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neumu
Thursday, November 23, 2017 
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Editor's note: We have activated the Neumu 44.1 kHz Archive. Use the link at the bottom of this list to access hundreds of Neumu reviews.

+ Donato Wharton - Body Isolations
+ Svalastog - Woodwork
+ Tim Hecker - Harmony In Ultraviolet
+ Rosy Parlane - Jessamine
+ Jarvis Cocker - The Jarvis Cocker Record
+ Múm - Peel Session
+ Deloris - Ten Lives
+ Minimum Chips - Lady Grey
+ Badly Drawn Boy - Born In The U.K.
+ The Hold Steady - Boys And Girls Together
+ The Blood Brothers - Young Machetes
+ The Places - Songs For Creeps
+ Camille - Le Fil
+ Wolf Eyes - Human Animal
+ Christina Carter - Electrice
+ The Decemberists - The Crane Wife
+ Junior Boys - So This Is Goodbye
+ Various Artists - Musics In The Margin
+ Rafael Toral - Space
+ Bob Dylan - Modern Times
+ Excepter - Alternation
+ Chris Thile - How To Grow A Woman From The Ground
+ Brad Mehldau - Live in Japan
+ M Ward - Post-War
+ Various Artists - Touch 25
+ The Mountain Goats - Get Lonely
+ The White Birch - Come Up For Air
+ Camera Obscura - Let's Get Out of This Country
+ Coachwhips - Double Death
+ Various Artists - Tibetan And Bhutanese Instrumental And Folk Music, Volume 2
+ Giuseppe Ielasi - Giuseppe Ielasi
+ Cex - Actual Fucking
+ Sufjan Stevens - The Avalanche
+ Leafcutter John - The Forest And The Sea
+ Carla Bozulich - Evangelista
+ Barbara Morgenstern - The Grass Is Always Greener
+ Robin Guthrie - Continental
+ Peaches - Impeach My Bush
+ Oakley Hall - Second Guessing
+ Klee - Honeysuckle
+ The Court & Spark - Hearts
+ TV On The Radio - Return To Cookie Mountain
+ Awesome Color - Awesome Color
+ Jenny Wilson - Love And Youth
+ Asobi Seksu - Citrus
+ Marsen Jules - Les Fleurs
+ The Moore Brothers - Murdered By The Moore Brothers
+ Regina Spektor - Begin To Hope
+ The 1900s - Plume Delivery EP
+ Alejandro Escovedo - The Boxing Mirror
+ Function - The Secret Miracle Fountain
+ Sonic Youth - Rather Ripped
+ Loscil - Plume
+ Boris - Pink
+ Deadboy And The Elephantmen - We Are Night Sky
+ Glissandro 70 - Glissandro 70
+ Calexico - Garden Ruin (Review #2)
+ Calexico - Garden Ruin (Review #1)
+ The Flaming Lips - At War With The Mystics
+ The Glass Family - Sleep Inside This Wheel
+ Various Artists - Songs For Sixty Five Roses
+ The Fiery Furnaces - Bitter Tea
+ Motorpsycho - Black Hole/Blank Canvas
+ The Red Krayola - Introduction
+ Metal Hearts - Socialize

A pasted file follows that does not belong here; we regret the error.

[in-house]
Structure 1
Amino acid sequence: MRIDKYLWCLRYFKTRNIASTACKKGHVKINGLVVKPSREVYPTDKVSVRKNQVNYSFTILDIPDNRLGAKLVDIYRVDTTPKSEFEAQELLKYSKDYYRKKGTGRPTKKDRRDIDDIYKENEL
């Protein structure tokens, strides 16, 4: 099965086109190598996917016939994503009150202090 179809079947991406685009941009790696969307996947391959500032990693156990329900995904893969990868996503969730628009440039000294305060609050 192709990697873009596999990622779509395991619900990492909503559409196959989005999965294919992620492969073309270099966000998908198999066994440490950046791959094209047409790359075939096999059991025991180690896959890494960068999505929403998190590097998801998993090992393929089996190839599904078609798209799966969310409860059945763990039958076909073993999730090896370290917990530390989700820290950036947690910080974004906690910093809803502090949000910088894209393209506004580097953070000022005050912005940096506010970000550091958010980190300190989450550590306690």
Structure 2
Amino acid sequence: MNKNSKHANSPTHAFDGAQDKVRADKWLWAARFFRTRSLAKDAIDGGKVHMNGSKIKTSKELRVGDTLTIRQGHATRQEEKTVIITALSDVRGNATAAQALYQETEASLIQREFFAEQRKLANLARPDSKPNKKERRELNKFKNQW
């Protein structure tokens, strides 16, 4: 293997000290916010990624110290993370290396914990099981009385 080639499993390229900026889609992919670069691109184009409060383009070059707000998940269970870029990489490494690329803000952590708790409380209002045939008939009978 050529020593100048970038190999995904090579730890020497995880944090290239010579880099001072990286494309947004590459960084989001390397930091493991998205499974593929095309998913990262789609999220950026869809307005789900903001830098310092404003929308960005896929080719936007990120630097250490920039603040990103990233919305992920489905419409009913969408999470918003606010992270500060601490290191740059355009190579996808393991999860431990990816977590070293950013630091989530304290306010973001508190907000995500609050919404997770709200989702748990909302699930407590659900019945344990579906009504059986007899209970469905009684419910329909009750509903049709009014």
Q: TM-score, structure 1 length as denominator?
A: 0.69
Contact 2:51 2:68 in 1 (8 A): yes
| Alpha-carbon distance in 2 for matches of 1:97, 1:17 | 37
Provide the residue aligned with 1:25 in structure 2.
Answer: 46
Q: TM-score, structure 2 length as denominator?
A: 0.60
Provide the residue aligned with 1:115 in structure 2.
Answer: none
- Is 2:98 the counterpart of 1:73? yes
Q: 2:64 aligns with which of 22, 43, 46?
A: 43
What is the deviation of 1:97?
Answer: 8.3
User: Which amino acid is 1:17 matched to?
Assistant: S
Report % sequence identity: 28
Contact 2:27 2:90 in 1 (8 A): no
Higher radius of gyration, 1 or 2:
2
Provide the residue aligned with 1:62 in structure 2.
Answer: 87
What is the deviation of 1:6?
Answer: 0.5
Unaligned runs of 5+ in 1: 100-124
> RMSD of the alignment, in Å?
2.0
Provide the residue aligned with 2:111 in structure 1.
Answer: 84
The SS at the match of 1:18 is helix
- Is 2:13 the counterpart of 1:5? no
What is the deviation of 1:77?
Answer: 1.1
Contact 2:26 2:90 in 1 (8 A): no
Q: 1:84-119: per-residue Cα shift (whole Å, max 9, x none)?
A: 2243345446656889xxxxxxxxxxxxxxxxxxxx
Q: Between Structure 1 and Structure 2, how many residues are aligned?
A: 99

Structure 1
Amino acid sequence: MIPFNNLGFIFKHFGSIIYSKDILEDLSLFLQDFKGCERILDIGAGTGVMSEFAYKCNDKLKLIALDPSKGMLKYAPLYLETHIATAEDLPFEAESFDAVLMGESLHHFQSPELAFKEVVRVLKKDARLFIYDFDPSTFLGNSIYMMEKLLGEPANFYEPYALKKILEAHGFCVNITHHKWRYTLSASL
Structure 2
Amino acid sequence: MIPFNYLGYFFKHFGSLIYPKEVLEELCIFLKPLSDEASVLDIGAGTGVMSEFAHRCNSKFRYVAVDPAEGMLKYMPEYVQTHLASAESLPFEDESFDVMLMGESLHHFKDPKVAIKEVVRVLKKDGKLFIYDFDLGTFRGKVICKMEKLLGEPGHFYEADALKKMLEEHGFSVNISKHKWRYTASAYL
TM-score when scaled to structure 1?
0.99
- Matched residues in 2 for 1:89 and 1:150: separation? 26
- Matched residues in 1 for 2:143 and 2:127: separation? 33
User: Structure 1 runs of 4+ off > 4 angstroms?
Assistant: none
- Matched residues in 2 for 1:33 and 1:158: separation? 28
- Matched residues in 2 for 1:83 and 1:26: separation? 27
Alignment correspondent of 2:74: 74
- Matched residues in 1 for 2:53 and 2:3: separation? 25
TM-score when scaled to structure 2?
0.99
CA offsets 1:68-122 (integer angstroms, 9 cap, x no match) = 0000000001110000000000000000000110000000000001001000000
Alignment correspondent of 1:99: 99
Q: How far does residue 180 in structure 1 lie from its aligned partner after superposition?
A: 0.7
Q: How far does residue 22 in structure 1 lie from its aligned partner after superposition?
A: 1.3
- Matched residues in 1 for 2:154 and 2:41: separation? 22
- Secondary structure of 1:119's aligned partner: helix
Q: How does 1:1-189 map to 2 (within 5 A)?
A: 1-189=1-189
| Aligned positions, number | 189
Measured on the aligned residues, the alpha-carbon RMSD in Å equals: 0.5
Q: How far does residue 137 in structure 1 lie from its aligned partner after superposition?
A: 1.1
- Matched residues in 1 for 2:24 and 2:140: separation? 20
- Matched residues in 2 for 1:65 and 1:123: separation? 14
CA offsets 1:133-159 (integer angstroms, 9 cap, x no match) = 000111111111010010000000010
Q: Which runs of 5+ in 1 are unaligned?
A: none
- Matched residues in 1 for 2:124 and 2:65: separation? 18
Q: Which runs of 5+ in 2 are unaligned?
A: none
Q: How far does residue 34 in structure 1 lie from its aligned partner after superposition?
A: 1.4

+ American Princes - Less And Less
+ Sondre Lerche And The Faces Down Quartet - Duper Sessions
+ Supersilent - 7
+ Band Of Horses - Everything All The Time
+ Dudley Perkins - Expressions
+ Growing - Color Wheel
+ Red Carpet - The Noise Of Red Carpet
+ The Essex Green - Cannibal Sea
+ Espers - II
+ Wilderness - Vessel States

44.1 kHz Archive



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LCD Soundsystem
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Nothing is hidden here: James Murphy's record collection is on display via the influences so easily discernible on his debut album as LCD Soundsystem. The sound is all bare wires, exposed workings, pre-dissected for maximum accessibility. And yet... it retains its maximum coolness throughout. It's hipper than hip, a swinging conflation of hollowed-out post-punk noise driven by a sleek, minimalist, future-funk engine. And yet... it bites the hand that feeds it by being as much a commentary on the mores of obsessive-hipster, underground record collectors as it is itself more fuel for these same obsessives.

LCD Soundsystem's sonic emissions are a series of enclosing parentheses with their contents blatantly on display: insistent Krautrocking machine-funk; squelchy retro-disco grooves; jabbering post-punk basslines and spindly guitars. It's a mercurial succession of mini-tableaux, perfectly composed selections of captured influences, occasionally turning into outright pastiche: the sneering Mark E Smith voice of "Movement"; the thickened, jive-talking vocals of "Thrills" (every bit as camp and mannered as Jagger's on the Rolling Stones' "Hot Stuff"); the "Dear Prudence" descending melody on the bleakly empty "Never As Tired As When I'm Waking Up."

What does all this amount to? "Daft Punk Is Playing at My House" kind of says it all — it's at once a bold musical statement, a piece of self-conscious absurdity, and an infectious, irresistible groove. Whatever the post-modernist machinations implied by Murphy's contradictory stance, the resolution comes via the pulsating, compelling momentum the music generates. It's as if Murphy asks the question, then says "Aww, forget it," as the funk kicks in. It's a classic case of debut album as faux anthology of musical influences, but it's also a successful collection with a marked sense of individuality, massively helped by Murphy's dry sense of humor, which demonstrates a willingness to embrace the contradiction at the heart of his musical personality. The overall effect is only slightly diluted by appending the early LCD Soundsystem singles on an additional bonus disc, so while 2002's mighty "Losing My Edge" has something valuable to contribute to Murphy's discourse, it appears as a kind of footnote instead of a key element.


by Tom Ridge




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